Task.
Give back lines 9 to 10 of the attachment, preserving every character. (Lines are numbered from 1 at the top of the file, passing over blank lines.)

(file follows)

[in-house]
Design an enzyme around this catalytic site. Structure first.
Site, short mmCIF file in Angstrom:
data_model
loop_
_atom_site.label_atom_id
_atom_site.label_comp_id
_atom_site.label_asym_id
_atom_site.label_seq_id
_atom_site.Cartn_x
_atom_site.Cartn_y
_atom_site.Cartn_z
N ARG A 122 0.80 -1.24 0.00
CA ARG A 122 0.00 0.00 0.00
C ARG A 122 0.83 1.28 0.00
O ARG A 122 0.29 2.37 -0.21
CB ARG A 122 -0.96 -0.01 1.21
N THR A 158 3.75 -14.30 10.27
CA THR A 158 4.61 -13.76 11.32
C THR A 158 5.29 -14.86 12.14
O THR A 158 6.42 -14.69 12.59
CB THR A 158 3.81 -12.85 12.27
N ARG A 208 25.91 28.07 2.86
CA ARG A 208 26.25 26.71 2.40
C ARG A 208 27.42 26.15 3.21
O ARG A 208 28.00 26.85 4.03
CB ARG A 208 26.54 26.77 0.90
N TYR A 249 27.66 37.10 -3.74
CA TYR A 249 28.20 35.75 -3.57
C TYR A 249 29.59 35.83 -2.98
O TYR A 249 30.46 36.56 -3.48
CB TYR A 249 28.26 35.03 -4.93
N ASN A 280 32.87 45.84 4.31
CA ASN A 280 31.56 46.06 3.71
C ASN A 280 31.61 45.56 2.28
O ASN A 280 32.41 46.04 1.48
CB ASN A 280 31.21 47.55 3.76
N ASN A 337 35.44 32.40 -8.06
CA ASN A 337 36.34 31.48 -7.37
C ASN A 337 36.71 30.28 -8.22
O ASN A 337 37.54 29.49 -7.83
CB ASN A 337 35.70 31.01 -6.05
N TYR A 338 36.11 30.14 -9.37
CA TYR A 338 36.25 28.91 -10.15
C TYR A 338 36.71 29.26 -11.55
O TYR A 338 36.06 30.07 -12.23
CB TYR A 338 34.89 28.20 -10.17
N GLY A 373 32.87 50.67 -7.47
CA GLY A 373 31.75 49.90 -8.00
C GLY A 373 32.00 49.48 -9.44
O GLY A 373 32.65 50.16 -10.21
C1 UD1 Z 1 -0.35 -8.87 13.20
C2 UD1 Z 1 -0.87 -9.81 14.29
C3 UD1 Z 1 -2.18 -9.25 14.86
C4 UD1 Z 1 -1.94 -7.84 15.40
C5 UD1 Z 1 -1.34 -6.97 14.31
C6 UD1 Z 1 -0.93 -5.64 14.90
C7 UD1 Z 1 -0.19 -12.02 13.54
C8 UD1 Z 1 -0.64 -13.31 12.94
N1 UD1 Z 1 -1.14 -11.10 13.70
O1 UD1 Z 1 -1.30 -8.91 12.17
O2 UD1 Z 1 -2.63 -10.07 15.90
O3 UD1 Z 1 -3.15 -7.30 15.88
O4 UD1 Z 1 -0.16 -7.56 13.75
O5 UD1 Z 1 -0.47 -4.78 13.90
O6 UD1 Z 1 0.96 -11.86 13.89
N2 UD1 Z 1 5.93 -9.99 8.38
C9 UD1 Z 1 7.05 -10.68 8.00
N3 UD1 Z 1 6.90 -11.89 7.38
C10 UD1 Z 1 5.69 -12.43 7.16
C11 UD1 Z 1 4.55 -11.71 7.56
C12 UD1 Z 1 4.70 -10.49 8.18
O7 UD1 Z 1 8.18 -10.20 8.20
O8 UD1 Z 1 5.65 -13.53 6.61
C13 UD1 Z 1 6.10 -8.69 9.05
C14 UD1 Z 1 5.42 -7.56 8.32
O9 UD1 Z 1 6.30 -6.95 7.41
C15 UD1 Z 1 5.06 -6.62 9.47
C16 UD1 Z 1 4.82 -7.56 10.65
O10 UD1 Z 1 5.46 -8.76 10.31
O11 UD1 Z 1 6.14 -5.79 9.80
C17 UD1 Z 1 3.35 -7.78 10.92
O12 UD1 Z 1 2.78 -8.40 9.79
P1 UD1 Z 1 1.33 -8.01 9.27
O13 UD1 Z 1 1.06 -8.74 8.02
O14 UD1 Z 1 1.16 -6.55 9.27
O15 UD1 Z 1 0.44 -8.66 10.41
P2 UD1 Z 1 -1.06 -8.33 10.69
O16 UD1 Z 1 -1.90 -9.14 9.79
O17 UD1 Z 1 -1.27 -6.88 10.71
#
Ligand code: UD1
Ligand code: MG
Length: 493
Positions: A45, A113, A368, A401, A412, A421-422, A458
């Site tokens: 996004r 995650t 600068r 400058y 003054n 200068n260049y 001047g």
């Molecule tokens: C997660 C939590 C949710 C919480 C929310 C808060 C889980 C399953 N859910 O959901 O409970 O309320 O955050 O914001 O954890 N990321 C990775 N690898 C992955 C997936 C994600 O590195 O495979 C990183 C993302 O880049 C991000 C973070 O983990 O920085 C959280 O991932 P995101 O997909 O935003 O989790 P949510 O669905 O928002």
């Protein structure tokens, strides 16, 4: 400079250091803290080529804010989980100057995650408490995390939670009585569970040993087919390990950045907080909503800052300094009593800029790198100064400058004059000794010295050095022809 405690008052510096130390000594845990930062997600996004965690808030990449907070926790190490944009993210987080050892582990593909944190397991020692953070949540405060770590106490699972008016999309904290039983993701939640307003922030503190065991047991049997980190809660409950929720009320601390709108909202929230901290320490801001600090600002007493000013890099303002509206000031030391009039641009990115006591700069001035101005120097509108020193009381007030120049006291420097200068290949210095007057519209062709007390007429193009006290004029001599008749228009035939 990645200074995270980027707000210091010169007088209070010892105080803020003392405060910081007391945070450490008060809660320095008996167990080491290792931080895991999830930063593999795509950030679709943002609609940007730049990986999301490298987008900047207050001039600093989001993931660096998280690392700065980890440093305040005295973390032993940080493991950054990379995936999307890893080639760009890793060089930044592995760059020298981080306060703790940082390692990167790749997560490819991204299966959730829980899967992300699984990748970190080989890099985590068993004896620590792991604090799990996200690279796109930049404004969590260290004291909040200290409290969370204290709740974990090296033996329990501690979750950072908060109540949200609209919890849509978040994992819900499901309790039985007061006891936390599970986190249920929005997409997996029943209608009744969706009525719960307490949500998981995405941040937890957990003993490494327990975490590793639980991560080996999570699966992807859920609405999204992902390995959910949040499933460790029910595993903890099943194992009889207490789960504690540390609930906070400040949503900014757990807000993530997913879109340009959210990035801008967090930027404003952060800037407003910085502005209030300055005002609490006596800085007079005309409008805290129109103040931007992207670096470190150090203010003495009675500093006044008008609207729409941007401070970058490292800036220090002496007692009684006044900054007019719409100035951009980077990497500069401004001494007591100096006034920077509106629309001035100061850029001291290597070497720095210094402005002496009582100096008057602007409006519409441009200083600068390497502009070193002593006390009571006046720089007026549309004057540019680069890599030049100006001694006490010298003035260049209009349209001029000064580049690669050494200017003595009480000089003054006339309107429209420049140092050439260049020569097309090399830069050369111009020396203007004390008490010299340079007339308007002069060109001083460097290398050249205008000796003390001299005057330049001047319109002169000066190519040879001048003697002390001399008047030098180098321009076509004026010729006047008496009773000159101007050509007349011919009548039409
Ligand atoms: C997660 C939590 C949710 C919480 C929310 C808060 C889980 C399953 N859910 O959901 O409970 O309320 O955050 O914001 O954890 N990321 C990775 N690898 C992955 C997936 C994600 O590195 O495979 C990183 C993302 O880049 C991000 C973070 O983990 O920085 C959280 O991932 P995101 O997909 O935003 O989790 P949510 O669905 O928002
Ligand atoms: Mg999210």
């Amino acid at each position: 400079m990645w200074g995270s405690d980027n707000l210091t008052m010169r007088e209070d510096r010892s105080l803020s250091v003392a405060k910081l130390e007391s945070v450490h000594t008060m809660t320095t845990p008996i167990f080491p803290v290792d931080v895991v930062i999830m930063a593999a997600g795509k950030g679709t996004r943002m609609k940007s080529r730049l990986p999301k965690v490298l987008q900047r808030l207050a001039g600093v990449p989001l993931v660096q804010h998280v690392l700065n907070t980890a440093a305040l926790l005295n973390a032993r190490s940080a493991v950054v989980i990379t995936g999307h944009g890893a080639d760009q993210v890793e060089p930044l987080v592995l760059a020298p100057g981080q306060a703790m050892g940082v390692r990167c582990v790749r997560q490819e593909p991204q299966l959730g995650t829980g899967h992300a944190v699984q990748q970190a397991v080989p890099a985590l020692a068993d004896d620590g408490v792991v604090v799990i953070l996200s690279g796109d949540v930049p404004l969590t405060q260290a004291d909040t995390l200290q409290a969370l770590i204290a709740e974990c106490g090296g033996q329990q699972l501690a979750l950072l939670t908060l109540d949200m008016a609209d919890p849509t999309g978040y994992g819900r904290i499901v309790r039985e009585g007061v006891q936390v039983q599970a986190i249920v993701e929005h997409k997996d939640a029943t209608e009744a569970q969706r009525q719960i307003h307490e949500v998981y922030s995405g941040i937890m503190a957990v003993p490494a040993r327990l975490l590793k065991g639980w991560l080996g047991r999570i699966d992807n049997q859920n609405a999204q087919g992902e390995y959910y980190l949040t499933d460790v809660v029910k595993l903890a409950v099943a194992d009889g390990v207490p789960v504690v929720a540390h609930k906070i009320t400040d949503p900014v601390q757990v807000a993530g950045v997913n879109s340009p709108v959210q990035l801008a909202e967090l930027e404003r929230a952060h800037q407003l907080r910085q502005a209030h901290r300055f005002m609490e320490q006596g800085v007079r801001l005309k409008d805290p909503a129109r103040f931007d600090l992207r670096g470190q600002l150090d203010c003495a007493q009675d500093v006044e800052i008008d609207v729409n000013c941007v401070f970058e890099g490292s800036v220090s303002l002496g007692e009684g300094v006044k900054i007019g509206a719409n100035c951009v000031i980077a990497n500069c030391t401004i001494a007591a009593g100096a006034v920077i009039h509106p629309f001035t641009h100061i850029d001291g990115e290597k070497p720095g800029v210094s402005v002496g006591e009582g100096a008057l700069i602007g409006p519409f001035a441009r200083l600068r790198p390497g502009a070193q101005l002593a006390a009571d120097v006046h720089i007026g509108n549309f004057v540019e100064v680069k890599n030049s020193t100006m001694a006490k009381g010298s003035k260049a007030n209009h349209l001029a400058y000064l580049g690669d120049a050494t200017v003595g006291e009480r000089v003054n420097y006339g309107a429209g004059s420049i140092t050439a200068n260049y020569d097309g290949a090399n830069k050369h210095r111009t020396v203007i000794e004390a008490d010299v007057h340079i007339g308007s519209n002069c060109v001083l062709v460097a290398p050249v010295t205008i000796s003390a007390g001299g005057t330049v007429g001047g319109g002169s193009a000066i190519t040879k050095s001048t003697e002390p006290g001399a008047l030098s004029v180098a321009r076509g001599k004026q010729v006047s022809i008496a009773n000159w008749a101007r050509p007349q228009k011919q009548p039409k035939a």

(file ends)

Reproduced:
_atom_site.label_seq_id
_atom_site.Cartn_x